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    Only after I posted this answer did I see that StoneyB had put essentially identical advice in as a comment on the question. Honestly didn't mean to plagiarize from them; would have mentioned that comment had I seen it. – CCTO Jun 8 at 18:31

I'm not an expert in science, but for a huge growth in number, I am currently thinking of the word "proliferated."

Also, I think there might be more to what you want to express. For example, you are more leaning towards producing more data in a faster manner, how about the word "expedited"?

  • Tipically, in my language proliferation has a negative connotation. We would talk about nuclear weapons proliferation, bacteria proliferation, etc., but not, say, sales proliferation. What would be the situation in English? – Lucian Sava Jun 13 '17 at 17:49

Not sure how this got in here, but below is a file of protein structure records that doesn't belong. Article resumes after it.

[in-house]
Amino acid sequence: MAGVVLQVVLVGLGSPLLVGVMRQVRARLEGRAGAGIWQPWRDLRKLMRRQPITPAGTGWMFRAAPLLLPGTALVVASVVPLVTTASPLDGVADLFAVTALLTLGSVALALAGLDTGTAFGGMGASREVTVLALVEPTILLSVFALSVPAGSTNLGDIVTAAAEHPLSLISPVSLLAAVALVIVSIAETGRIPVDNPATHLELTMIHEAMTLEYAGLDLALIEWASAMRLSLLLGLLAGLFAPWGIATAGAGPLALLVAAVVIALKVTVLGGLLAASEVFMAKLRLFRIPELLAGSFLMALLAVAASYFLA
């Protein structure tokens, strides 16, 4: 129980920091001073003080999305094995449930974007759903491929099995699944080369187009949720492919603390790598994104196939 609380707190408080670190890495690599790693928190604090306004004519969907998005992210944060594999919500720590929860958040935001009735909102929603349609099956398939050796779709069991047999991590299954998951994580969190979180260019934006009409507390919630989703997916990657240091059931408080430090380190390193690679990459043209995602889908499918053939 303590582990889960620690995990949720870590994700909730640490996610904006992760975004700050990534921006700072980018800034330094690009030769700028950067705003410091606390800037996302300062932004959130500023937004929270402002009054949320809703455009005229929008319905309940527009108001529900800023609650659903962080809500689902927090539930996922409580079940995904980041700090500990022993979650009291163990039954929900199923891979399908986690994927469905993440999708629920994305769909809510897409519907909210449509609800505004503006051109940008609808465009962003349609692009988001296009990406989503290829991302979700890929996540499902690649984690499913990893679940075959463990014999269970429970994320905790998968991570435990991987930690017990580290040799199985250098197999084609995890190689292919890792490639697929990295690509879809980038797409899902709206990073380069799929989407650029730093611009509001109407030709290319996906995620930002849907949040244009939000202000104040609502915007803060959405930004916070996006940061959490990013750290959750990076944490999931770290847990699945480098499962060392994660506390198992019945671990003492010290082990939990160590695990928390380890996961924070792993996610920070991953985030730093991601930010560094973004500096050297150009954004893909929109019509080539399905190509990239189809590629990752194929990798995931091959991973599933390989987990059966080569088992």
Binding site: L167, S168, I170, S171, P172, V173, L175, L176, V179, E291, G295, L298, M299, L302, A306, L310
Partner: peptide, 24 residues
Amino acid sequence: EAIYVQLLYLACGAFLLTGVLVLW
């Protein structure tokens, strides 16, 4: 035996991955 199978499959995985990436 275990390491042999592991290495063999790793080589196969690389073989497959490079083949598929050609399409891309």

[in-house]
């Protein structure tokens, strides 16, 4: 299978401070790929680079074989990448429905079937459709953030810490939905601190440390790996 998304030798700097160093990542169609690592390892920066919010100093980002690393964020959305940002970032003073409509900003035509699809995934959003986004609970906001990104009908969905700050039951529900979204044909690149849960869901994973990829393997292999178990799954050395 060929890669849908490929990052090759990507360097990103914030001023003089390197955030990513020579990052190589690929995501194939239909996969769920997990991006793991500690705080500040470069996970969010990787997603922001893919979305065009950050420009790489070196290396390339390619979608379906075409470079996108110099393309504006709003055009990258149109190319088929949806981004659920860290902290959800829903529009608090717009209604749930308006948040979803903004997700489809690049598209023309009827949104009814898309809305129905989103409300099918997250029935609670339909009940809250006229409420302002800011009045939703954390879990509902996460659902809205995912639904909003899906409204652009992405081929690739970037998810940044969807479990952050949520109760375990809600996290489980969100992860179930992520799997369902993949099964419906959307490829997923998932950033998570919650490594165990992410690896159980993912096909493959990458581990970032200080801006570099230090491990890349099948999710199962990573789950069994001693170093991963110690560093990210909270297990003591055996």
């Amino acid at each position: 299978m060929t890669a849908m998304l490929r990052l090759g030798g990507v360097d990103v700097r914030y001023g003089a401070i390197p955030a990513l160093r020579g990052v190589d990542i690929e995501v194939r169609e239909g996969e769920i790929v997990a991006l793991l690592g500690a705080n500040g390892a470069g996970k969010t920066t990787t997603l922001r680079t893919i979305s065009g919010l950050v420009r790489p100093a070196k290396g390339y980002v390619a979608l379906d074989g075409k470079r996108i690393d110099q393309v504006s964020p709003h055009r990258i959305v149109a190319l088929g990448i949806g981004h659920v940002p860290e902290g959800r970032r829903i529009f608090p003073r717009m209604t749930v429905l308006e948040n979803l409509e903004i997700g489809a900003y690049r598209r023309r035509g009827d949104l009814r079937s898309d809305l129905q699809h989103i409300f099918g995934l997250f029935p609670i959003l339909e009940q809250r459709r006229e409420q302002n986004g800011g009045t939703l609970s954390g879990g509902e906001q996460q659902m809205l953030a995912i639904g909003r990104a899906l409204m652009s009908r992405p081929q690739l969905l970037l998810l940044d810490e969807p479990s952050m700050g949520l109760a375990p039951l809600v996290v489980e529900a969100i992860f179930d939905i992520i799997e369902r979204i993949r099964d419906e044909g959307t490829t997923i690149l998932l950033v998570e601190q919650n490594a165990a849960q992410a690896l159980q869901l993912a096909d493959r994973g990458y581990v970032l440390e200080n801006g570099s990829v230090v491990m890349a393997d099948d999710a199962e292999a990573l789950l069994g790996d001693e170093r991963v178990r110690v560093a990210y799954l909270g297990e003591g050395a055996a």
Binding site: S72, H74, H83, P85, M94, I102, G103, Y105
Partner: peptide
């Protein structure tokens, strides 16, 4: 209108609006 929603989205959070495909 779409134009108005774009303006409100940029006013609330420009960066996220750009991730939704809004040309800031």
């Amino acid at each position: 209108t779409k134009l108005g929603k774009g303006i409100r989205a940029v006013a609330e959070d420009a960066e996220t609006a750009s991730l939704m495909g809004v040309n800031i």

• Proliferation seems more active and widespread than this, which is a discrete "we made a chip that holds more data." – Kevin Jun 13 '17 at 21:03

You can use the verb boost, or the idiomatic breakthrough to describe the improvement.

  • Actually, I though the term 'breakthrough', but I thought I could be seen somewhat exaggerated. – Gwangmu Lee Jun 13 '17 at 16:10

You might consider quantum jump (or quantum leap). This is defined as:

quantum jump (noun) a huge, often sudden, increase or change in something

Usage warnings:

1) The phrase also has a very specific and more formal meaning in the realm of physics. While this phrase does have a scientific ring to it – which is what the O.P. asked for – I'd be careful using it in a physics paper.

2) If you are going to say that your system made a quantum leap for a certain value, be prepared to show hard data that shows what you mean, and exactly how much it increased.


In computer science, the terms exponential growth and increased by an order of magnitude are often used, but, again, you'd better be sure the actual performance increase mirrors the phrase you use. (I wouldn't use "order of magnitude" in a computer science paper unless the performance had increased by a factor of ten, for example.)